Can I wear a beret? It’s a classic black Spanish one. I’m not in the army.
A Roz Chast cartoon in a recent issue of the New Yorker shows a guy wearing a Basque beret (the most common style) in the street. Nobody is really looking at him, but he is thinking angrily to himself, “I’m allowed to wear a beret! Plenty of people all over the world wear a beret!”
The thing is, of course, they don’t: Only the very oldest of old men in the smallest of towns in France and Italy still do; the rest of the beret purchasers are either planning a fancy-dress costume (a “painter,” usually, with white smock and palette and floppy bow) or hoping to join the Guardian Angels. There is also a small contingent of elderly professors (political science, philosophy, classics) who emulate Jean-Paul Sartre and Che Guevara in pictures from their youth; they’re sweet, in their buttoned trench coats, but you don’t want to look like them.
The best presentation I saw at SXSW Interactive this week had nothing to do with digital technology. It was a talk by Matthew Diffee, a cartoonist for The New Yorker and other outlets, titled “How to Be An Idea Factory.” After sharing a fascinating and hilarious view of his creative process with a standing-room-only crowd, Diffee graciously sat down with FORBES to demonstrate, up close, how a great cartoonist does what he does.
“Idea factory” is an apt moniker for Diffee and his fellow members of the The New Yorker’s cartoon platoon. Each of them is required to submit 10 panels a week for consideration, nine of which typically get rejected. That means coming up with a lot of jokes.
Diffee’s solution to this challenge is to park himself at a table for the first hour or two of each day — however long it takes him to drink an entire pot of coffee — and force himself to free-associate on a blank sheet of paper. That means writing, not drawing; Diffee says his cartoons always start with words, not images. Typically, he’ll take a phrase that’s lodged in his mind and tweak it this way and that until he comes up with something funny or hits a mental dead end. By the time he fills up the paper, he usually has at least a couple workable ideas.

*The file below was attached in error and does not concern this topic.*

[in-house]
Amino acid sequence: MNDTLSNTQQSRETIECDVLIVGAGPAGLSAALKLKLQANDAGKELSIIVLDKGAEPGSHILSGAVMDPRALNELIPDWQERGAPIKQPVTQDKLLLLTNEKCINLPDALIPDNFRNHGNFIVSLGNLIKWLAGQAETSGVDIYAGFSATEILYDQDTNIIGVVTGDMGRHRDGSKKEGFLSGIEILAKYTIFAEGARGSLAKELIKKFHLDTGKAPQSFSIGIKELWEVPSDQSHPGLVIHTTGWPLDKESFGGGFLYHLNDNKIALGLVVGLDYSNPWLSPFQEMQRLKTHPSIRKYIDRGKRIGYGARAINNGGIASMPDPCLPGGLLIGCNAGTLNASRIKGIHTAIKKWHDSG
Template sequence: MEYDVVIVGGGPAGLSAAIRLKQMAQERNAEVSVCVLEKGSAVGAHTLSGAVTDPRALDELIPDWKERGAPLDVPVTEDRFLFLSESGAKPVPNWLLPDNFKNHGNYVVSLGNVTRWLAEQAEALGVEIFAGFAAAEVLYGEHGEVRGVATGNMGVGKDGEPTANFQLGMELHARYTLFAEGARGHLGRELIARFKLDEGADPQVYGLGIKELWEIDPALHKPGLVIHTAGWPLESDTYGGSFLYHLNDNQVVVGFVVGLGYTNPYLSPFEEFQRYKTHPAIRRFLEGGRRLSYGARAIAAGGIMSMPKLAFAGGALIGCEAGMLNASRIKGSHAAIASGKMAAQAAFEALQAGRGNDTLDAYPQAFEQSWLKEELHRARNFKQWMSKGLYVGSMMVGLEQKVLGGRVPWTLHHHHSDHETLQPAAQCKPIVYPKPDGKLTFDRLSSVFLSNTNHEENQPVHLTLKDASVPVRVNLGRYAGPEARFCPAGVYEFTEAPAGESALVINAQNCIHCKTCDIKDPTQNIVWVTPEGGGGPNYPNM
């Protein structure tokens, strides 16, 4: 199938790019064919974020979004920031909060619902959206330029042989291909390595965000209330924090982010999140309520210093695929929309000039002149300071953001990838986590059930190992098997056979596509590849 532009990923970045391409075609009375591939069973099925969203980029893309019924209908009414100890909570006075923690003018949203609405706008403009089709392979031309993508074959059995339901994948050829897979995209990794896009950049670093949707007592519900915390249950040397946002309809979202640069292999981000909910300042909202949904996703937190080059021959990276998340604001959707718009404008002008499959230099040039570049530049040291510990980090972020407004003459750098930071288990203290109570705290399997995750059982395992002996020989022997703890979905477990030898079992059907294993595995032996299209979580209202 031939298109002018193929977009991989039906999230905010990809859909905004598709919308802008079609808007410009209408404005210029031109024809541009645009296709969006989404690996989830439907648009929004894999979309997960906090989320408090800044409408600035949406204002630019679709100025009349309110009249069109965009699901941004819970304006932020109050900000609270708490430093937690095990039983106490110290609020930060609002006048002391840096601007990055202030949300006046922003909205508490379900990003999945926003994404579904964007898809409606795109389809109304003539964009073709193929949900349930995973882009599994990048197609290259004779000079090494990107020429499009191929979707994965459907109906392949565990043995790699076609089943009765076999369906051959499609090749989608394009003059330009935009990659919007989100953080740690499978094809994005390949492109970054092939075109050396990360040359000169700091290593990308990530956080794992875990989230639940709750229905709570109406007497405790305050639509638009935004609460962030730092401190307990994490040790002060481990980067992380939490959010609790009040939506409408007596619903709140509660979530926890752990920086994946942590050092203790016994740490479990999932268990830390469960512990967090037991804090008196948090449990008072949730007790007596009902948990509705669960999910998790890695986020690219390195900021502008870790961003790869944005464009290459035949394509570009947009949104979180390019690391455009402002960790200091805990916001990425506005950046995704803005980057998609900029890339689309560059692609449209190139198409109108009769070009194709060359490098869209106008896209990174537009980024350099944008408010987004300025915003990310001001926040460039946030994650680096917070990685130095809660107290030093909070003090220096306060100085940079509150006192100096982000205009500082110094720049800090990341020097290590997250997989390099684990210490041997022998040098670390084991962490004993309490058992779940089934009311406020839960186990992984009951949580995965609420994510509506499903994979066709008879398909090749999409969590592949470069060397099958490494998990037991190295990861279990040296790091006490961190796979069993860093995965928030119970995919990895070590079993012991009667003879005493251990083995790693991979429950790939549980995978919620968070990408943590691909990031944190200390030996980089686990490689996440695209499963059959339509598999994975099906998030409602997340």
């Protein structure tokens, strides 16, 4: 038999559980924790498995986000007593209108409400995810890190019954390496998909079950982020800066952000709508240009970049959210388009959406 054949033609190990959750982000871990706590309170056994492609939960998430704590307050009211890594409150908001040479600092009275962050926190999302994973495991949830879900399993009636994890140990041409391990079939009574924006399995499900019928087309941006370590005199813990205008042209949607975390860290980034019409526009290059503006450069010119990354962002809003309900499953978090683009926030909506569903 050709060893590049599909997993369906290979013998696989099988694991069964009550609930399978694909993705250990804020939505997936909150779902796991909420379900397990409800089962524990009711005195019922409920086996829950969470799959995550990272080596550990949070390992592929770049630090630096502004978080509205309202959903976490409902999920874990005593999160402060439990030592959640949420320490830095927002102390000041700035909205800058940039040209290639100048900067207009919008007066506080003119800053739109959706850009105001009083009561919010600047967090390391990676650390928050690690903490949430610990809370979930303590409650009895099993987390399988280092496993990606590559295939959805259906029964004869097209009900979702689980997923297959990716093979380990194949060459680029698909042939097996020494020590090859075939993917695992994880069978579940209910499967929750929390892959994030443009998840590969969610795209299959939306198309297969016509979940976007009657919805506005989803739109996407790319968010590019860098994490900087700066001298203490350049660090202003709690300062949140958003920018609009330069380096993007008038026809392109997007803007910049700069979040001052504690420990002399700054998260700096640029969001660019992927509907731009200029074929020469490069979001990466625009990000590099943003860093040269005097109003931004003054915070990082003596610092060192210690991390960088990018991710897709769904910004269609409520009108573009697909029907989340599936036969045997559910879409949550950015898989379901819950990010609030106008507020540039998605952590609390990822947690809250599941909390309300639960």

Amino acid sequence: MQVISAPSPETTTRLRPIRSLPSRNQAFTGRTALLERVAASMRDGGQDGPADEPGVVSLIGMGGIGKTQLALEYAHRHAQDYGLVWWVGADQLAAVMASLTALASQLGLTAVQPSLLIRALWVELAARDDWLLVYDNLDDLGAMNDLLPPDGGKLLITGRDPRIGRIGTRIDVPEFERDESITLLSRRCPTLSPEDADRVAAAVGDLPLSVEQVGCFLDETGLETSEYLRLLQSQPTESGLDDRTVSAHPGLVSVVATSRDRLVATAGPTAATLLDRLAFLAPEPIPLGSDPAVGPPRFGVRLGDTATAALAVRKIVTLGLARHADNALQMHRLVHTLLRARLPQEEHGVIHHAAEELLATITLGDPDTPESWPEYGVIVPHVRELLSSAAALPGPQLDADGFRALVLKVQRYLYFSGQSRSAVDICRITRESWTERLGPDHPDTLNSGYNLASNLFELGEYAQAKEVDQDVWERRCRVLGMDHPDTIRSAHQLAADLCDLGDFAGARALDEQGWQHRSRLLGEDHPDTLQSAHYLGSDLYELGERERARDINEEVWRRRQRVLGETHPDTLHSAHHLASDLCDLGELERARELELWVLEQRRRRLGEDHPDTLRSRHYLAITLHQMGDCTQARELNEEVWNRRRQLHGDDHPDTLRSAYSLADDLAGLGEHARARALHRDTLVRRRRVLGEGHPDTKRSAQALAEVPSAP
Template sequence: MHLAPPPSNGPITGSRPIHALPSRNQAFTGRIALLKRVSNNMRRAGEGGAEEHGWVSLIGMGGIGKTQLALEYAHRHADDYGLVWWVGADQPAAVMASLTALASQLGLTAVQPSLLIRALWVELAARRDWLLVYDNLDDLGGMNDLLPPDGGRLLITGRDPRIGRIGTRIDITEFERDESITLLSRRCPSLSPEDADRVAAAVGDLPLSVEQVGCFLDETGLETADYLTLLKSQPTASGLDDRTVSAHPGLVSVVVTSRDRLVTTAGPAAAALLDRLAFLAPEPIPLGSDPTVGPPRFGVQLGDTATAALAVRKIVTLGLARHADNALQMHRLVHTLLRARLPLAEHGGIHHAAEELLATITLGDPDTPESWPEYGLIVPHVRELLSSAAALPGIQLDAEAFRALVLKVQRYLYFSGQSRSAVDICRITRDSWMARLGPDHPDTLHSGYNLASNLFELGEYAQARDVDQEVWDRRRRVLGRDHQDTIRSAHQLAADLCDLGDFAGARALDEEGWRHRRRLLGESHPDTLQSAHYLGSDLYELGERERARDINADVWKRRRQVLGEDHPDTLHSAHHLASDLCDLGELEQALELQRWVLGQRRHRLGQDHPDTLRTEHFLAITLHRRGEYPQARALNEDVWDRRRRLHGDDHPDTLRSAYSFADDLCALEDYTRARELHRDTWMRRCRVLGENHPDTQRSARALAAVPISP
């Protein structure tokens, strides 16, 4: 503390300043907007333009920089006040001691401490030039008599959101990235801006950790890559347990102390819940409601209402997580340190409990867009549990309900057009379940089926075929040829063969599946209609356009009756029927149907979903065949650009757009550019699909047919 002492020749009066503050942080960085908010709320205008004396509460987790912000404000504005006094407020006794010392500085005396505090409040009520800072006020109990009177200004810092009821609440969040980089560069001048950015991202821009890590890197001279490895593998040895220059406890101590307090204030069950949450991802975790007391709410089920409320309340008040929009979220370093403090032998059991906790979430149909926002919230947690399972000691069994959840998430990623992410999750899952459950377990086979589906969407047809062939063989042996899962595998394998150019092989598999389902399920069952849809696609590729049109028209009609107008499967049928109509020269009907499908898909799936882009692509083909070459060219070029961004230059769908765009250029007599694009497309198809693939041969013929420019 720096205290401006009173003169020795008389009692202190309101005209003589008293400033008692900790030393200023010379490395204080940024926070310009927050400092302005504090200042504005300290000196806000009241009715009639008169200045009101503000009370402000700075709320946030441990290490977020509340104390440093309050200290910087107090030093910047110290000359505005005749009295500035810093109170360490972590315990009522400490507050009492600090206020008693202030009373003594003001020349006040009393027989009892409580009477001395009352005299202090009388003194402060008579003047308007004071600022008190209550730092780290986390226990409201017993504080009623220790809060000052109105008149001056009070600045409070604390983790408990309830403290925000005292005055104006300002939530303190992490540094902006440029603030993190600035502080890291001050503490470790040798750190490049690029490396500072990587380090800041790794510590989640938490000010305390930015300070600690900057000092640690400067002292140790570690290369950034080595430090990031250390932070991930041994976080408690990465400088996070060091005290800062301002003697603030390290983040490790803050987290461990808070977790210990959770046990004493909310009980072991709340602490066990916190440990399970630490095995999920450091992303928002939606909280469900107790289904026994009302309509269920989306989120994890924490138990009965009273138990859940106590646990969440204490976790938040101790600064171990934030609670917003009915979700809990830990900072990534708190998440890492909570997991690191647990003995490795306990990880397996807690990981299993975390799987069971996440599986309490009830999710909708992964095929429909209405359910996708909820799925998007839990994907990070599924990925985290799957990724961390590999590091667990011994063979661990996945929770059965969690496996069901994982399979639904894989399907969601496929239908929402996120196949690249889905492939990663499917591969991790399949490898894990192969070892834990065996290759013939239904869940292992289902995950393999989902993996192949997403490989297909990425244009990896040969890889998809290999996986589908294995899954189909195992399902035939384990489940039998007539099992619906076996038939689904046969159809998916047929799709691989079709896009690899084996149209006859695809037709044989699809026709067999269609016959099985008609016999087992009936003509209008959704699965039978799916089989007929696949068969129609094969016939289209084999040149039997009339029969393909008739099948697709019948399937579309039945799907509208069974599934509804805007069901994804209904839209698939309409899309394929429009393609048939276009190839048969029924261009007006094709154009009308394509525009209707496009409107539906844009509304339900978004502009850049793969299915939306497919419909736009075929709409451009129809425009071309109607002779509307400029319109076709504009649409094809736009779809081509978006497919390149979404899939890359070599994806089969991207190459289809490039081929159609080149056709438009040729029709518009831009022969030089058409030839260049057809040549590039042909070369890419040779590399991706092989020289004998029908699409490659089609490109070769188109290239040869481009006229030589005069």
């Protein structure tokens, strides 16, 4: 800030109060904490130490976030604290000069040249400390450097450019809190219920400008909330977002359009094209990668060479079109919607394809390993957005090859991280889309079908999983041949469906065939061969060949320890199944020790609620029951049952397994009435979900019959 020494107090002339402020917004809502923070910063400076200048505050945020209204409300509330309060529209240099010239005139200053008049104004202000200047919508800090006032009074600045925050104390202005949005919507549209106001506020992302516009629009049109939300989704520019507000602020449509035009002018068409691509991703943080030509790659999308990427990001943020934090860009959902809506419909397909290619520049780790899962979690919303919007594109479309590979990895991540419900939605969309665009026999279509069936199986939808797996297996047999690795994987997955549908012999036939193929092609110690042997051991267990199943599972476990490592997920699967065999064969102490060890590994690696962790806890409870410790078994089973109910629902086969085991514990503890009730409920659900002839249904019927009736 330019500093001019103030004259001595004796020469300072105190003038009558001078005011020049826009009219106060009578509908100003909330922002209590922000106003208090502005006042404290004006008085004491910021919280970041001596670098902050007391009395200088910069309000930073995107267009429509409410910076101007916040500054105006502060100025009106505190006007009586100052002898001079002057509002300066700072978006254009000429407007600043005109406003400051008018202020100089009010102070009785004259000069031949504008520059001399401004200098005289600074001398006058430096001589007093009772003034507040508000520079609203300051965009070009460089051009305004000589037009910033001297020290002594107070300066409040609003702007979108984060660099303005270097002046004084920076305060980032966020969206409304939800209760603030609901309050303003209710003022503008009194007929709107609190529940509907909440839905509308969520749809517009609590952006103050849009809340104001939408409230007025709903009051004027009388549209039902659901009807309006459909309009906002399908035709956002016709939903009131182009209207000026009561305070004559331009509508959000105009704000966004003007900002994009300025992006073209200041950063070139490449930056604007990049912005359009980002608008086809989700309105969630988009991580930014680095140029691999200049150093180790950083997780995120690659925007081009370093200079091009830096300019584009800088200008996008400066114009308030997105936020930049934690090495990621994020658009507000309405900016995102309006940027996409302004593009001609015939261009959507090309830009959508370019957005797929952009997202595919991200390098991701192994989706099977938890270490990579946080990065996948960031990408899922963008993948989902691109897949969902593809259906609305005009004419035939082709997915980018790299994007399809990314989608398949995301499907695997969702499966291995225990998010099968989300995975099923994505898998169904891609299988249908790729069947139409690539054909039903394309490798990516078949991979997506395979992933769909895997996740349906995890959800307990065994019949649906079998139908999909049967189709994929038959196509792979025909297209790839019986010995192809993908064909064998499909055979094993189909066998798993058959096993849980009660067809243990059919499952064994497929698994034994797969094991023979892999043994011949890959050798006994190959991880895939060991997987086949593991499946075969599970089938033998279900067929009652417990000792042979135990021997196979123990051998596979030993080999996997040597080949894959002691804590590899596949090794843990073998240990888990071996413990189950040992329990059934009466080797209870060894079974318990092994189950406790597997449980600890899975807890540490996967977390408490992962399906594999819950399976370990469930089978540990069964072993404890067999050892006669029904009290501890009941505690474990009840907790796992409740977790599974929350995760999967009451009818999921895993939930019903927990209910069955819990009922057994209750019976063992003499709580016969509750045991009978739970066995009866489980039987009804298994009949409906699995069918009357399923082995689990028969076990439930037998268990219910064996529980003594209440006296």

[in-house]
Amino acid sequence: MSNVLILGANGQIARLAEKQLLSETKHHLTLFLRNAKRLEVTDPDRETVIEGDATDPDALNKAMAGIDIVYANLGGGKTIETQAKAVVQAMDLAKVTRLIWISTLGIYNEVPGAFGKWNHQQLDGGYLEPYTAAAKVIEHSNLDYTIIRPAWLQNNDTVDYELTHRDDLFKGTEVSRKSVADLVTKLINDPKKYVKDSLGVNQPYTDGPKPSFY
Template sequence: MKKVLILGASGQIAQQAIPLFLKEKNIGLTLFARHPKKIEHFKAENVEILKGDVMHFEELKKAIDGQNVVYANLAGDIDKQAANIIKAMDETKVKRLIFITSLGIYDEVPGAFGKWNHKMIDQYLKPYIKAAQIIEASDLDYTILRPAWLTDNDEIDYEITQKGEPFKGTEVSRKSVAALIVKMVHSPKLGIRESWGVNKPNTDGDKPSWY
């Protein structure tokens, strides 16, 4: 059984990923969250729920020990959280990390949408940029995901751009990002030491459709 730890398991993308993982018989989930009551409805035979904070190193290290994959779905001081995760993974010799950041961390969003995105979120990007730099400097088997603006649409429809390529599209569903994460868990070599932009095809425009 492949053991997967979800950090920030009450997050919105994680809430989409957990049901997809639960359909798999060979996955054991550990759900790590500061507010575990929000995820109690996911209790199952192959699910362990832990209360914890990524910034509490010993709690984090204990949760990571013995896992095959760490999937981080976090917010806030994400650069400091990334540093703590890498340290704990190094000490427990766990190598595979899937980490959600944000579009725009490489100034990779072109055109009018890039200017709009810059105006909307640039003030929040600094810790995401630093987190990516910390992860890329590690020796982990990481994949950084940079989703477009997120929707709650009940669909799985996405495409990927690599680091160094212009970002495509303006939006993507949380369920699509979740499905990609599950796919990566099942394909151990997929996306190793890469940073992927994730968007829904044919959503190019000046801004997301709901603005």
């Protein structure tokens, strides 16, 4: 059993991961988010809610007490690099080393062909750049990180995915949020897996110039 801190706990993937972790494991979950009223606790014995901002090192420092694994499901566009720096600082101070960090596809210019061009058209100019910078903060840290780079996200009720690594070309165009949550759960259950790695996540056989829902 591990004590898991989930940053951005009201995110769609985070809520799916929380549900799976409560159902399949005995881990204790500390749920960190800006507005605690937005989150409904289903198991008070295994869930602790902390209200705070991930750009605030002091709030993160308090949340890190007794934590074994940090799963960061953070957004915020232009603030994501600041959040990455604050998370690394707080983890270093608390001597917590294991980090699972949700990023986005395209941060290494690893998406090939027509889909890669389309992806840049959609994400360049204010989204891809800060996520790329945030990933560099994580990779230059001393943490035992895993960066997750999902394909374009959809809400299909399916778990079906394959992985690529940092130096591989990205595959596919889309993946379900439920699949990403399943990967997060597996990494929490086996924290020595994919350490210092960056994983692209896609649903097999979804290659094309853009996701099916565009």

Strange Random Cartoonist Quote:
- You Made It Weird #18: Matt Diffee & Alex Gregory (nerdist.com)
- Test your creativity with our search caption challenge (googleblog.blogspot.com)
- SXSW Day 3: It’s all about Bob (Marley) and creativity (blogs.vancouversun.com)
- Feeling Witty? Enter Google’s Search Caption Challenge (pcworld.com)
- Try Google’s new cartoon Search Caption Challenge (thenextweb.com)
- Search Engine Creativity Challenges – Google Search Caption Contest Seeks Humor & Insight (TrendHunter.com) (trendhunter.com)
- Google Doodle Honors Macabre Cartoonist Charles Addams on His 100th Birthday (wired.com)
- A Collection of Putin Cartoons (themoderatevoice.com)